Homecoming Players

Rachel Hockett (left) and Arthur Bicknell (center), founders of Homecoming Players.

According to their dossier, Wolf’s Mouth Theatre Collective (www.wolfsmouth.com) is an informal Ithaca-based meeting spot for theatre enthusiasts to gather, listen to readings of new plays and then produce them. They congregate and compare notes every second and fourth Monday of the month at Buffalo Street Books in the Dewitt Mall. For few years, they have staged works by local playwrights—usually world premieres, not to mention their annual 10-Minute Playfest.

Some of Wolf’s Mouth’s leading lights include founding member George Sapio, actor Judith Andrew, and playwright, director and actor David Guaspari. 

Full disclosure:  I’ve worked with Judith Andrew previously, in productions with Black Umbrella Shakespeare; she acted in one of my short films. As for Sapio, he is a very talented playwright, director and actor. I’ve known George since meeting him while we were both knocking around the late, lamented Firehouse Theatre, where he directed me in Ben Elton’s Gasping. When I was making a series of short comedy films with George later, I found out that he is also the most talented improvisational actor I have ever had the pleasure to work with. 

“It’s a loose affiliation of Ithaca-based theatre artists, actors, directors and playwrights who normally would never have seen each other in between the few and far productions that go up in town,” Sapio told me. “So I called together a bunch of folks and we started a semi-regular meeting, and we’ve pretty much grown. People have come, people have gone. Actually, we’ve got more long-timers than anybody else. But we keep in touch with each other, we let each other know about productions that are coming up, and we bring in new scripts to read. It’s a way of keeping theatre active. Because Ithaca is clearly, as everyone knows, bursting at the seams with theatre talent.”

Andrews adds, “I would say that the majority of people that come to our meetings have been writers or are writers. I think I’m one of the few who has never written a play, and don’t have any interest in writing a play. But I really, really like coming to the meetings to help the playwrights hear their work. I just like to do cold readings of things, and experience them that way, and allow the writers to hear their words.”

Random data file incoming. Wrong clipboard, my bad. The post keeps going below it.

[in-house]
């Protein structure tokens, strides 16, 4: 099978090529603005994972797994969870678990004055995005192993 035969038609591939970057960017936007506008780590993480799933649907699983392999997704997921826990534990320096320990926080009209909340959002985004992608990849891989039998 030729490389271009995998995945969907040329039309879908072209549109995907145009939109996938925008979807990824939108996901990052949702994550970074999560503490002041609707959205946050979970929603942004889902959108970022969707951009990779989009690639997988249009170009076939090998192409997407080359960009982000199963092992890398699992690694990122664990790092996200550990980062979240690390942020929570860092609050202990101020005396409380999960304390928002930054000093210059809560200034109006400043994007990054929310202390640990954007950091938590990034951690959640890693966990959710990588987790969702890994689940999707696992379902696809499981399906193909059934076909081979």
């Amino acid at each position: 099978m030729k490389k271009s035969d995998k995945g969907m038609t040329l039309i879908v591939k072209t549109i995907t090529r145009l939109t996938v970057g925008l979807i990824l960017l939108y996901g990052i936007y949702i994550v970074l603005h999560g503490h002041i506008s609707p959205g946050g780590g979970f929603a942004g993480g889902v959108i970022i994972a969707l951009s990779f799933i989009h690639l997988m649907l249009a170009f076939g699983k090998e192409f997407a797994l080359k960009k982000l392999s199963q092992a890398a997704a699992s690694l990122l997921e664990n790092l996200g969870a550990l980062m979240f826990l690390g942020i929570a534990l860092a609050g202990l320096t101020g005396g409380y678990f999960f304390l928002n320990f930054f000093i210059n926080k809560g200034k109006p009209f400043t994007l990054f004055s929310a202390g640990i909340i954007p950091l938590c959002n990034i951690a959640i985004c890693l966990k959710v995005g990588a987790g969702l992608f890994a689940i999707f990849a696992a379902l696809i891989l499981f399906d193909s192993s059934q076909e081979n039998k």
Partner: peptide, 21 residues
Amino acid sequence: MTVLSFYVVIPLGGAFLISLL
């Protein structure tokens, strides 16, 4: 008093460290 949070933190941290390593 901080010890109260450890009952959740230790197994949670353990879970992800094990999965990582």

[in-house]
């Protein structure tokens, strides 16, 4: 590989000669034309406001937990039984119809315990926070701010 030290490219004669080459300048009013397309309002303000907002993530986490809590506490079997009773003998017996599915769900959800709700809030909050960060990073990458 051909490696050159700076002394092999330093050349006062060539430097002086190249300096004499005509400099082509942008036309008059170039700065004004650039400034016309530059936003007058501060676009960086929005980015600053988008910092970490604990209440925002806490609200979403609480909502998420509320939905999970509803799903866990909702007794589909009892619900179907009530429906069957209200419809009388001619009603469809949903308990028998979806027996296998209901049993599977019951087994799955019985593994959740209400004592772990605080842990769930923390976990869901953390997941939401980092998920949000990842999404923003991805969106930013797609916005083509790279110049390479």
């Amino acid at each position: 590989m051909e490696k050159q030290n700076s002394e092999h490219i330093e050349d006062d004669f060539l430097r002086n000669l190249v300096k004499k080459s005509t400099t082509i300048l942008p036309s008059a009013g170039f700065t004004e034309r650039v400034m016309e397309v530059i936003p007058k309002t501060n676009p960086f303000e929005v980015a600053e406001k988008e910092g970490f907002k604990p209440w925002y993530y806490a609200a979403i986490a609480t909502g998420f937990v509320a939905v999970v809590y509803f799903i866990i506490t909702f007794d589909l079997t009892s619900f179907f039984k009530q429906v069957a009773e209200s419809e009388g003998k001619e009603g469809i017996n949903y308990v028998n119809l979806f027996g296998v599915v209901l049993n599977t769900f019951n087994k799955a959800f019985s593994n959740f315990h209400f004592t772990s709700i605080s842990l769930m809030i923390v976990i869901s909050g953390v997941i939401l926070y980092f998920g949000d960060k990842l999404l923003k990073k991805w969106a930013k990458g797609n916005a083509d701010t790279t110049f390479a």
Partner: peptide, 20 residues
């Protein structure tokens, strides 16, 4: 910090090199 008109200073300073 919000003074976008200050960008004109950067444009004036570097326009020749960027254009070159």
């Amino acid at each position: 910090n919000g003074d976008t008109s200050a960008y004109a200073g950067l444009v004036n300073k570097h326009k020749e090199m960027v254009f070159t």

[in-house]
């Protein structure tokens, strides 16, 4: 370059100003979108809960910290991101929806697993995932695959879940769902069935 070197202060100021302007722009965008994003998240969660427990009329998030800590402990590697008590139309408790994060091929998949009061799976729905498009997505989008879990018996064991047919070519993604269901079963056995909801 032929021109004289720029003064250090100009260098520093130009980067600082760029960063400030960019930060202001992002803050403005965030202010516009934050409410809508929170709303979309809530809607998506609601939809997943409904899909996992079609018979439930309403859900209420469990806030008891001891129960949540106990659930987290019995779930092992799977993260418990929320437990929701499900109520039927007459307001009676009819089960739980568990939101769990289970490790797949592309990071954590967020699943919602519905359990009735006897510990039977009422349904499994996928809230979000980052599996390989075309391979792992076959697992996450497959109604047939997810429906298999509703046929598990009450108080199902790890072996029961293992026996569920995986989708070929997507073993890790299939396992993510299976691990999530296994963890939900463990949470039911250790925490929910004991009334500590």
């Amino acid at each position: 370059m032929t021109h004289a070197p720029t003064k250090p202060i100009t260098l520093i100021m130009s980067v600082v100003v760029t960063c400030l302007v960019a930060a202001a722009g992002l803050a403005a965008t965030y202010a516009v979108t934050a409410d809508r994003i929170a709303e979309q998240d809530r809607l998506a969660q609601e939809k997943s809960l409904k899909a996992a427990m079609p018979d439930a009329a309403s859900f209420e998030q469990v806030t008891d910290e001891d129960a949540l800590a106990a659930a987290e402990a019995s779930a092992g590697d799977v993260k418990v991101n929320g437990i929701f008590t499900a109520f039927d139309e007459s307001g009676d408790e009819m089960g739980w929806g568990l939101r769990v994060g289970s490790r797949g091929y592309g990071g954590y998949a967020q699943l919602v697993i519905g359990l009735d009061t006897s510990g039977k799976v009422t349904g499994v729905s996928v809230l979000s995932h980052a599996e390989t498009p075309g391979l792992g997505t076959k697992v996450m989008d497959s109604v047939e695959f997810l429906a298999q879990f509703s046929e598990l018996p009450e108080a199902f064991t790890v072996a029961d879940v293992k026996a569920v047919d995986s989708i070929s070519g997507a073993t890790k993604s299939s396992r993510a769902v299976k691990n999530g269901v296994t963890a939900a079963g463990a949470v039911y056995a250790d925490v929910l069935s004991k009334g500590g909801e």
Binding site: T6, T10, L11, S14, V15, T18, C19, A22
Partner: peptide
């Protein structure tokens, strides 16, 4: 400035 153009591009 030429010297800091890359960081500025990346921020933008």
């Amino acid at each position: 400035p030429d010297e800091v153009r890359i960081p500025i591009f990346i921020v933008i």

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Ithaca Shakespeare Company just wrapped their summer productions of Othello and Much Ado About Nothing. Since forming under the direction of Stephen Ponton as The Red Bull Players with a well-received production of The Tempest in 2002, the re-named ISC have since become known for their lavish, well-attended productions—Much Ado played to 2100+ people—at the Newman Arboretum in the Cornell Plantations. In the last few years, they’ve taken up winter residence at Fall Creek Studios , where they have staged productions of Twelfth Night and The Merchant of Venice.

Ponton and company are considering shows for the fall and coming year, but nothing that could be announced at press time. Keep checking their website (ithacashakespeare.org) for news of upcoming productions and auditions.

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Cornell Melodramatics (www.melodramatics.com) have gained a sterling reputation for musical theater. The Melodramatics Theatre Company, Inc. was founded in 2004 by Cornell University students Justin Leader and Carlos Dominguez as a community theatre company. They focus on musical theatre and participation in their productions is open to anyone. The group produced Spring Awakening almost one year before Ithaca College’s recent production; other recent Melodramatics  shows have included The 25th Annual Putnam County Spelling Bee and Bare. They’ve just wrapped auditions for their fall production of Sweeney Todd; to get involved, visit their website.

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The Homecoming Players (www.thehomecomingplayers.org) were founded by director Rachel Hockett and playwright Arthur Bicknell (Moose Murders). They just wrapped their 2013 season with Who’s Afraid of Virginia Woolf? In 2014, they will stage all shows at the Kitchen Theatre:  David Lindsay-Abaire’s Good People (2/3-4); Simon Gray’s Quartermaine’s Terms (4/7-8); The Miss Firecracker Contest (5/12-13); In The Car with Blossom and Len (6/6-8); and the world premiere of Dotty, written by Bicknell and directed by Hockett (7/11-13).

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